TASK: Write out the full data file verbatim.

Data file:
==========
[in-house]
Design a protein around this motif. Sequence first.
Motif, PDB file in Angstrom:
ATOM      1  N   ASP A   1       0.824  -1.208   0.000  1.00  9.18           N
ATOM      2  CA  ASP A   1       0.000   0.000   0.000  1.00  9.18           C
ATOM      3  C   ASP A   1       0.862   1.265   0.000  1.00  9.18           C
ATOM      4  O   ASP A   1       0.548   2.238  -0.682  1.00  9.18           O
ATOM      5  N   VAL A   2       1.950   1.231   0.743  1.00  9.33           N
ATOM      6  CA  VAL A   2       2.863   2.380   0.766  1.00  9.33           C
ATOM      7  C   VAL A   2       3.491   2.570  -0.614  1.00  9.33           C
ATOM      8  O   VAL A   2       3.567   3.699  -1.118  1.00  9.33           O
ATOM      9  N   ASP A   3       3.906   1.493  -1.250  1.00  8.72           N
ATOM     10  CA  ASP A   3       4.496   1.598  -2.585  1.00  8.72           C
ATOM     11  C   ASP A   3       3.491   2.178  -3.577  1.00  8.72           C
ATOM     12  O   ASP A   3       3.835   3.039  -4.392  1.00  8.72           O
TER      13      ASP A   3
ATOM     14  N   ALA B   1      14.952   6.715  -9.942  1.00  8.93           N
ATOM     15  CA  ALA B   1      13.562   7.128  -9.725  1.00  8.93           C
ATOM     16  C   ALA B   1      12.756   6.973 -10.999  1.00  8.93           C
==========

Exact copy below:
[in-house]
Design a protein around this motif. Sequence first.
Motif, PDB file in Angstrom:
ATOM      1  N   ASP A   1       0.824  -1.208   0.000  1.00  9.18           N
ATOM      2  CA  ASP A   1       0.000   0.000   0.000  1.00  9.18           C
ATOM      3  C   ASP A   1       0.862   1.265   0.000  1.00  9.18           C
ATOM      4  O   ASP A   1       0.548   2.238  -0.682  1.00  9.18           O
ATOM      5  N   VAL A   2       1.950   1.231   0.743  1.00  9.33           N
ATOM      6  CA  VAL A   2       2.863   2.380   0.766  1.00  9.33           C
ATOM      7  C   VAL A   2       3.491   2.570  -0.614  1.00  9.33           C
ATOM      8  O   VAL A   2       3.567   3.699  -1.118  1.00  9.33           O
ATOM      9  N   ASP A   3       3.906   1.493  -1.250  1.00  8.72           N
ATOM     10  CA  ASP A   3       4.496   1.598  -2.585  1.00  8.72           C
ATOM     11  C   ASP A   3       3.491   2.178  -3.577  1.00  8.72           C
ATOM     12  O   ASP A   3       3.835   3.039  -4.392  1.00  8.72           O
TER      13      ASP A   3
ATOM     14  N   ALA B   1      14.952   6.715  -9.942  1.00  8.93           N
ATOM     15  CA  ALA B   1      13.562   7.128  -9.725  1.00  8.93           C
ATOM     16  C   ALA B   1      12.756   6.973 -10.999  1.00  8.93           C